Building Allies

by Jason Dick

I find the first few months are so important at a new job. I recently read the book The First 90 Days. One of the key items that the book talks about is building allies. This is so important for us in fundraising as we often end up touching the entire organization. We call on people at every level in the organization for information, ideas, and assistance. Here are a few ideas I had, and I’d love to hear some additional ideas from you.

  • When I first started I began to try to figure out where natural ally relationships would be. Orientation is a great place to start. Everyone in this group has being new in common. As a new employee you want to find your way in the organization= you don’t know the existing attitudes (positive or negative), and have little ingrained thinking about the organization.
  • Your immediate work team is a great group in which to build relationships. They already know good people to connect with and build solid relationships.
  • Natural internal partners. Who does your team work with regularly that you might want to take a special effort to get to know?
  • The executive team. A good time to meet them is when you are new, as they want you to be excited about the organization and know you are not going to ask anything of them. (Some bosses feel pressure if their staff talk with/meet the executive team. A good practice is to ask your boss if he/she would be willing to introduce you.)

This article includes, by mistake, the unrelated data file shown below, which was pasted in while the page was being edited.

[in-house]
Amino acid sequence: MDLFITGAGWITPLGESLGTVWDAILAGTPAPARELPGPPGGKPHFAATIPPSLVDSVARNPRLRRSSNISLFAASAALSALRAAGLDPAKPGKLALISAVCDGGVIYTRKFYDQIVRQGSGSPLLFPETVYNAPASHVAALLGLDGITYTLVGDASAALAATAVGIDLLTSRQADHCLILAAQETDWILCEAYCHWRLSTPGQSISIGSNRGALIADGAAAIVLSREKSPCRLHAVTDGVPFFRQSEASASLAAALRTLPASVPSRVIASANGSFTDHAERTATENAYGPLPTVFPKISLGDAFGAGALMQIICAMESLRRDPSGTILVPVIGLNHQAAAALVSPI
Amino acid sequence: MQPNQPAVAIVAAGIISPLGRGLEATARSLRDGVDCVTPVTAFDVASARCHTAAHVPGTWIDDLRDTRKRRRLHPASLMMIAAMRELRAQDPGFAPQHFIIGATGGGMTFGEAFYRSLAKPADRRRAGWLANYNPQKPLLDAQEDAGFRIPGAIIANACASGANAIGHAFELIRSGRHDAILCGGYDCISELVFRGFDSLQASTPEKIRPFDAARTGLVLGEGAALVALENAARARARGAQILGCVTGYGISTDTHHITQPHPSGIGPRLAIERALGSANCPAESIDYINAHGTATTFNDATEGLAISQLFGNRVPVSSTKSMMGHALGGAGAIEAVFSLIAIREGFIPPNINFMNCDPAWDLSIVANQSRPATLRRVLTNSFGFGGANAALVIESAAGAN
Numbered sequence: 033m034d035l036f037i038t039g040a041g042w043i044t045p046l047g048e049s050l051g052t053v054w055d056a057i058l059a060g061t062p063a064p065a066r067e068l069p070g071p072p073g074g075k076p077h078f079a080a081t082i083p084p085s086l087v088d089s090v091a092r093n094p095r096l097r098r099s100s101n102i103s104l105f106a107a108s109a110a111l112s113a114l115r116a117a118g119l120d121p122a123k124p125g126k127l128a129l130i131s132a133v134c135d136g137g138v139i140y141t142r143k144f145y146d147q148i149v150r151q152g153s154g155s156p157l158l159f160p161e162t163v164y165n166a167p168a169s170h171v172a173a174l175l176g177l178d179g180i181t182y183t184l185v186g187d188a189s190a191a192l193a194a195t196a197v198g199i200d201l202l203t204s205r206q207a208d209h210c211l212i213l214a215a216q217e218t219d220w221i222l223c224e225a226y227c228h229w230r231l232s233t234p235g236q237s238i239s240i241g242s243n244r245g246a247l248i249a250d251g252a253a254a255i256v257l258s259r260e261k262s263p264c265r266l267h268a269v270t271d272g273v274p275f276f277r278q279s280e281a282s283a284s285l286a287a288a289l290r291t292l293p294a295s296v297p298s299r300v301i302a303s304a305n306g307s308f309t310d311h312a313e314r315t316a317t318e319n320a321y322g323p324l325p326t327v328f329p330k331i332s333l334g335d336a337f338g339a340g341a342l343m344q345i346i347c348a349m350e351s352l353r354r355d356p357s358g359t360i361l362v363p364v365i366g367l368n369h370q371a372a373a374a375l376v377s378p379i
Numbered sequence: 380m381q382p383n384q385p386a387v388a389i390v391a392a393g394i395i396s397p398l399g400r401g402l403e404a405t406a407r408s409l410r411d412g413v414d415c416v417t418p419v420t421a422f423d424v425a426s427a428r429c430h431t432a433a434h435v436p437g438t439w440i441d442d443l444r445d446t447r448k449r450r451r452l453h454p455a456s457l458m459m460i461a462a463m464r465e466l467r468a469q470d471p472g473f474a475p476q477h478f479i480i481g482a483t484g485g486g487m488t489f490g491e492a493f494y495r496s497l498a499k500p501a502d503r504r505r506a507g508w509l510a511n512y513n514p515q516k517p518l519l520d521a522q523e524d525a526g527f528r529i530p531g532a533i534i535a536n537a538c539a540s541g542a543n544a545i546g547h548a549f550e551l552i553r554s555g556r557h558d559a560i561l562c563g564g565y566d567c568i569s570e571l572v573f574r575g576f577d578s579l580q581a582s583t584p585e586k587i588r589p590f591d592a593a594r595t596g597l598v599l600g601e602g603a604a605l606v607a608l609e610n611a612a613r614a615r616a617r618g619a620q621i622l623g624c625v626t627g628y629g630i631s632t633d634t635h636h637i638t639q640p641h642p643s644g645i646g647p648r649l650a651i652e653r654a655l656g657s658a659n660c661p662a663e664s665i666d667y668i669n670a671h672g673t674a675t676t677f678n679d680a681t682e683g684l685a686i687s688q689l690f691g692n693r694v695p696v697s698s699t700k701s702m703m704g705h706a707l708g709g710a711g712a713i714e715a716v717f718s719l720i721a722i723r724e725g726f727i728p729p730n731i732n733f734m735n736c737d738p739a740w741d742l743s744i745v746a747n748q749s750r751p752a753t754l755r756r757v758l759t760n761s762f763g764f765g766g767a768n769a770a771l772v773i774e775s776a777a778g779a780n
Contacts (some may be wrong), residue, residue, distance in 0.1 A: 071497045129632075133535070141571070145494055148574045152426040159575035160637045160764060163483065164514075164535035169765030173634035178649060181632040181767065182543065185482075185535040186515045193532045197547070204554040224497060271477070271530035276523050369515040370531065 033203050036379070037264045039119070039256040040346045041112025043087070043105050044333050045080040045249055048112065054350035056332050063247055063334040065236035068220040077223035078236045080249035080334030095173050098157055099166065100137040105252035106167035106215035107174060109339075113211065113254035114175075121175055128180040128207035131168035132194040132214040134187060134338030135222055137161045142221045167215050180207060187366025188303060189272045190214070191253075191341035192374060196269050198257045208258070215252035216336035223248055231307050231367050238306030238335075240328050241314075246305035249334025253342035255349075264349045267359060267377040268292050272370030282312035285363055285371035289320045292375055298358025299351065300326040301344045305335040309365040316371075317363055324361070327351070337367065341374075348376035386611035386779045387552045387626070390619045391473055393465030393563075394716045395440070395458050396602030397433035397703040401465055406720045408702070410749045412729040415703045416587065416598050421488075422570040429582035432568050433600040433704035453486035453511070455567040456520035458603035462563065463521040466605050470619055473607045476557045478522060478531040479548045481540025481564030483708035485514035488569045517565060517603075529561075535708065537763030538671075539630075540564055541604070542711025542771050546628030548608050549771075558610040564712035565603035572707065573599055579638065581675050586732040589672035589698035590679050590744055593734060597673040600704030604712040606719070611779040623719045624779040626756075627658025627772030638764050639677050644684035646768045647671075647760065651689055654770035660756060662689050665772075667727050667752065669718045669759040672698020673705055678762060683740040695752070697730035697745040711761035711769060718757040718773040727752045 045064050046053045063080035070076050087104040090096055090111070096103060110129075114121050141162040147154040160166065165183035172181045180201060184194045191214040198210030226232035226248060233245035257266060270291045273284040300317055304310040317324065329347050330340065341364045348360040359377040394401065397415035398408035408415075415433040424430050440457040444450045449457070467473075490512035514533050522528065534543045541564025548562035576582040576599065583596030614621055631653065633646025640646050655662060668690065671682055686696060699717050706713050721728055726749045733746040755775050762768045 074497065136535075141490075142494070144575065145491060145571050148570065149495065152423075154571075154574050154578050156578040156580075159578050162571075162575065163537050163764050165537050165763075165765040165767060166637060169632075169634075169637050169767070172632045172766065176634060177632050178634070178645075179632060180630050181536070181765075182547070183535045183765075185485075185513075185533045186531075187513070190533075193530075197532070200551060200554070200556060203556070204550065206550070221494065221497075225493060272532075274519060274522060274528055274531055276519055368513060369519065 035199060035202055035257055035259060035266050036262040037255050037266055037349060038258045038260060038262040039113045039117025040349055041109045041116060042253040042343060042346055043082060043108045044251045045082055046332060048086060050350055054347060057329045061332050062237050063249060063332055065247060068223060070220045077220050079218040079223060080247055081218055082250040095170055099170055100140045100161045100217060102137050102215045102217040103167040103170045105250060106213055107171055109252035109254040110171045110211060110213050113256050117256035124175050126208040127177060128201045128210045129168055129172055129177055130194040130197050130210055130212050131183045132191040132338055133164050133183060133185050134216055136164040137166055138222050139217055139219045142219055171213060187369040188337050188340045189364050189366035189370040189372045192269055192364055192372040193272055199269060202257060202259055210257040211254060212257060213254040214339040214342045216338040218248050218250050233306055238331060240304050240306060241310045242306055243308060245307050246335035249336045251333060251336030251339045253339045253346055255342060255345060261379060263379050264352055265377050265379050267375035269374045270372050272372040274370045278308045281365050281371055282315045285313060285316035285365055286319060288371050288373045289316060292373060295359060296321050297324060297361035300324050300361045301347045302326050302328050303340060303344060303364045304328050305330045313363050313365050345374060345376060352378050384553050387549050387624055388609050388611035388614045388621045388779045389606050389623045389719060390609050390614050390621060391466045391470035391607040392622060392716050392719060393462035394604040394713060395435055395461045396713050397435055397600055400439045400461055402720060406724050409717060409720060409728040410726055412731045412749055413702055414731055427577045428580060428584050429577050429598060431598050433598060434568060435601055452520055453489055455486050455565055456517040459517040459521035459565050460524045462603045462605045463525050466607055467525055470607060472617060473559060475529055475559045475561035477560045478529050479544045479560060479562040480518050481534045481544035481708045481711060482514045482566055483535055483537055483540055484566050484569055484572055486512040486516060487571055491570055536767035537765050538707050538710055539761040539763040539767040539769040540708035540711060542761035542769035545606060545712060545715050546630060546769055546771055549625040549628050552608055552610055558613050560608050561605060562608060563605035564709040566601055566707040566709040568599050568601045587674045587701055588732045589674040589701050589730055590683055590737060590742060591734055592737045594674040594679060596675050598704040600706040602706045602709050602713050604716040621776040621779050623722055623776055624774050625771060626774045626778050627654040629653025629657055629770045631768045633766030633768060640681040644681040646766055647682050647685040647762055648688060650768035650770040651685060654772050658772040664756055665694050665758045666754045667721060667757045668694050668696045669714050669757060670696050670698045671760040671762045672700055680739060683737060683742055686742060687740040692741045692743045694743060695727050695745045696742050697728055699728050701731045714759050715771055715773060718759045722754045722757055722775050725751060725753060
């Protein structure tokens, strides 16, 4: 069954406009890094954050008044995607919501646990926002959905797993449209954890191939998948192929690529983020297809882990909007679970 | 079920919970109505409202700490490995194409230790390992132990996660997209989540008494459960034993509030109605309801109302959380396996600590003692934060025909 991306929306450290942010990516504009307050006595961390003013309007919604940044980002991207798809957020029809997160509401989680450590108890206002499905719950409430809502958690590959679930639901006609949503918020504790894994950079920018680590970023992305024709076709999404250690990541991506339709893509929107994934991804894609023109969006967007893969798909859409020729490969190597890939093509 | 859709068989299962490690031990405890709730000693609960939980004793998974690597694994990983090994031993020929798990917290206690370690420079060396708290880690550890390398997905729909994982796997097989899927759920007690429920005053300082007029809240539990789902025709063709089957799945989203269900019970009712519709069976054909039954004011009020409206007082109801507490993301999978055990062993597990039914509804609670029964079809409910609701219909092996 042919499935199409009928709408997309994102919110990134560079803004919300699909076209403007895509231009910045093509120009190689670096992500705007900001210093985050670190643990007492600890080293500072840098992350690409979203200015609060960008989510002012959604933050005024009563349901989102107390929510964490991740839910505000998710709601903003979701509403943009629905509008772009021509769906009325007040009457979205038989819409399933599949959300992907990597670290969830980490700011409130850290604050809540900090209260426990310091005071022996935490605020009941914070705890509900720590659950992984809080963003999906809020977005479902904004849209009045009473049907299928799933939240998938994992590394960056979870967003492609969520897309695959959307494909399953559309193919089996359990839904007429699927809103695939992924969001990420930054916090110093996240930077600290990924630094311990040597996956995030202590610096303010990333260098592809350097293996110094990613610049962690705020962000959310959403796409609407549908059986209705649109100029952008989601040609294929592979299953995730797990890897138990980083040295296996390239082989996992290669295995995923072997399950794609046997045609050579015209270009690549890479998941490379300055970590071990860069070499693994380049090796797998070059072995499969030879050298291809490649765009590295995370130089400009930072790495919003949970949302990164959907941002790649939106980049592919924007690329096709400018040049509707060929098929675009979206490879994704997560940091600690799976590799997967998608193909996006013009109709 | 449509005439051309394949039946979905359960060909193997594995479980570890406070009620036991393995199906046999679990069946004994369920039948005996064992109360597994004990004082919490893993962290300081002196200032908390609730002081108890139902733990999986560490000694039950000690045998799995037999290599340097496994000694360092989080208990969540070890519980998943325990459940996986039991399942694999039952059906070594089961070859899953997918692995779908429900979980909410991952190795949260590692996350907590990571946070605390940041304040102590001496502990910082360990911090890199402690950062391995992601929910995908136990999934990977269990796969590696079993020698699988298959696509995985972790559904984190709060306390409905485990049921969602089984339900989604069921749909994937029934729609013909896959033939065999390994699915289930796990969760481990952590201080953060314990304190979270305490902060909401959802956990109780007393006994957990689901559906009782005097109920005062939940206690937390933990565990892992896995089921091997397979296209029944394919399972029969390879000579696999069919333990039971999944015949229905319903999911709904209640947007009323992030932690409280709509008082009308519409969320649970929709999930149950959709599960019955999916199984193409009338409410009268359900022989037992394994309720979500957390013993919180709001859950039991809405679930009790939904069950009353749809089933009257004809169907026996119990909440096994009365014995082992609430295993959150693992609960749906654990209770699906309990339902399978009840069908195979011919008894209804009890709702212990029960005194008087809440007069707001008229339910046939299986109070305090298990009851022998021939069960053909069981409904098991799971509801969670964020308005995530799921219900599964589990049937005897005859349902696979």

Where do you find allies? How did you build up your relationships internally and externally? Building allies is happening all the time. What are you doing to continue to develop ally relationships in your organization?

Join the conversation at @infosmallchange #ascblog

Get on the Phone

by Jason Dick

We live in a different world than 15 years ago. When I communicate with my friends a lot of it is done over email, twitter, and texting. I don’t pick up the phone and call my friends as much as I use to. In the development world I am constantly amazed at how much information is available over the internet. LinkedIn has been a huge resource in terms of finding some new prospects and connecting with local business people.

In spite of the power of email and LinkedIn, I have still found that prospects respond the very best to phone calls. It is too easy to ignore an email or a letter, with a phone call you can hear their voice and someone has to actually respond. Another advantage is you can deal in real time with someone’s questions, concerns, and objections. I try to respect the “no’s” and “I’m not interested” responses that I get when I talk with potential donors. But, I have often found that people want another touch point before they commit to a one-on-one meeting. You might catch an off-handed comment on the phone that turns into them attending an event you might have never talked with them about.

When building a new portfolio of donors getting on the phone and making a handful of calls is going to get a way better response than sending off a number of emails or letters. A strategy that includes an email or letter with a follow-up phone call can work really well. The individual has been given an opportunity to respond on their terms and they know if they do not they know you will be following up with them on the phone.